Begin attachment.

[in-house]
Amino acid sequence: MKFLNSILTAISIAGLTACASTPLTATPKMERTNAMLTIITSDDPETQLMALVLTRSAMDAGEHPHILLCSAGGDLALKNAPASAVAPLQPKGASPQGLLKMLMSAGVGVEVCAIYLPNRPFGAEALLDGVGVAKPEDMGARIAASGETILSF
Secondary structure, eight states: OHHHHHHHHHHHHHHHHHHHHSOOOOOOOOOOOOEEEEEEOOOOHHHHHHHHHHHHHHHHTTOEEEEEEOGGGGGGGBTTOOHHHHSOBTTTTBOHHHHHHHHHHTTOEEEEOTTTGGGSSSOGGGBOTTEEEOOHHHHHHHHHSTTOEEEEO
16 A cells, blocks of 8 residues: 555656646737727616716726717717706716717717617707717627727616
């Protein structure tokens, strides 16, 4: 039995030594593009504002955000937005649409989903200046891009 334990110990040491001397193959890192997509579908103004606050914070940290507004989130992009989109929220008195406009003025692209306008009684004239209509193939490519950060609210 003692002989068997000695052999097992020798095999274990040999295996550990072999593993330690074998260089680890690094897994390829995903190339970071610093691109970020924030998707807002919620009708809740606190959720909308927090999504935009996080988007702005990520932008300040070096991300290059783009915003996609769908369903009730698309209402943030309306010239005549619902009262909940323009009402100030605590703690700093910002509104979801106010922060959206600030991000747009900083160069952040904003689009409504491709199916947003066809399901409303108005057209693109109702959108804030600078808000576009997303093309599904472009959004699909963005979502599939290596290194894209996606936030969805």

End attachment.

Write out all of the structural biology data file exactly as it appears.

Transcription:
[in-house]
Amino acid sequence: MKFLNSILTAISIAGLTACASTPLTATPKMERTNAMLTIITSDDPETQLMALVLTRSAMDAGEHPHILLCSAGGDLALKNAPASAVAPLQPKGASPQGLLKMLMSAGVGVEVCAIYLPNRPFGAEALLDGVGVAKPEDMGARIAASGETILSF
Secondary structure, eight states: OHHHHHHHHHHHHHHHHHHHHSOOOOOOOOOOOOEEEEEEOOOOHHHHHHHHHHHHHHHHTTOEEEEEEOGGGGGGGBTTOOHHHHSOBTTTTBOHHHHHHHHHHTTOEEEEOTTTGGGSSSOGGGBOTTEEEOOHHHHHHHHHSTTOEEEEO
16 A cells, blocks of 8 residues: 555656646737727616716726717717706716717717617707717627727616
């Protein structure tokens, strides 16, 4: 039995030594593009504002955000937005649409989903200046891009 334990110990040491001397193959890192997509579908103004606050914070940290507004989130992009989109929220008195406009003025692209306008009684004239209509193939490519950060609210 003692002989068997000695052999097992020798095999274990040999295996550990072999593993330690074998260089680890690094897994390829995903190339970071610093691109970020924030998707807002919620009708809740606190959720909308927090999504935009996080988007702005990520932008300040070096991300290059783009915003996609769908369903009730698309209402943030309306010239005549619902009262909940323009009402100030605590703690700093910002509104979801106010922060959206600030991000747009900083160069952040904003689009409504491709199916947003066809399901409303108005057209693109109702959108804030600078808000576009997303093309599904472009959004699909963005979502599939290596290194894209996606936030969805």